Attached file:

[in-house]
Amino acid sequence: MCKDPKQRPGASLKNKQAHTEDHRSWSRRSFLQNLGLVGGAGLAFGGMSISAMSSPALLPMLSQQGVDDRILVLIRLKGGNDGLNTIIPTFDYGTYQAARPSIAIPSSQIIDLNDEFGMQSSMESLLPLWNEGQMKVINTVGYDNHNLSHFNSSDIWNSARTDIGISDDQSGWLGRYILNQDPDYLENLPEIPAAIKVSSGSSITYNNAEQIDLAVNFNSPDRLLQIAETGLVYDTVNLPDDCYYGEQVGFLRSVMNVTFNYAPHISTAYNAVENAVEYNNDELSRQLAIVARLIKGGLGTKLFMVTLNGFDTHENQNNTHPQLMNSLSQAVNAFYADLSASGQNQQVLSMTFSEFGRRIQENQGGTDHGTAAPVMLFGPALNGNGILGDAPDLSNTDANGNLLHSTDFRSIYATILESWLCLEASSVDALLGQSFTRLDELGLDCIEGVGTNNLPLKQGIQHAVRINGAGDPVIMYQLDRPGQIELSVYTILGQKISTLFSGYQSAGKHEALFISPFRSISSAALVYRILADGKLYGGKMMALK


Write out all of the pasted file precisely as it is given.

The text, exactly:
[in-house]
Amino acid sequence: MCKDPKQRPGASLKNKQAHTEDHRSWSRRSFLQNLGLVGGAGLAFGGMSISAMSSPALLPMLSQQGVDDRILVLIRLKGGNDGLNTIIPTFDYGTYQAARPSIAIPSSQIIDLNDEFGMQSSMESLLPLWNEGQMKVINTVGYDNHNLSHFNSSDIWNSARTDIGISDDQSGWLGRYILNQDPDYLENLPEIPAAIKVSSGSSITYNNAEQIDLAVNFNSPDRLLQIAETGLVYDTVNLPDDCYYGEQVGFLRSVMNVTFNYAPHISTAYNAVENAVEYNNDELSRQLAIVARLIKGGLGTKLFMVTLNGFDTHENQNNTHPQLMNSLSQAVNAFYADLSASGQNQQVLSMTFSEFGRRIQENQGGTDHGTAAPVMLFGPALNGNGILGDAPDLSNTDANGNLLHSTDFRSIYATILESWLCLEASSVDALLGQSFTRLDELGLDCIEGVGTNNLPLKQGIQHAVRINGAGDPVIMYQLDRPGQIELSVYTILGQKISTLFSGYQSAGKHEALFISPFRSISSAALVYRILADGKLYGGKMMALK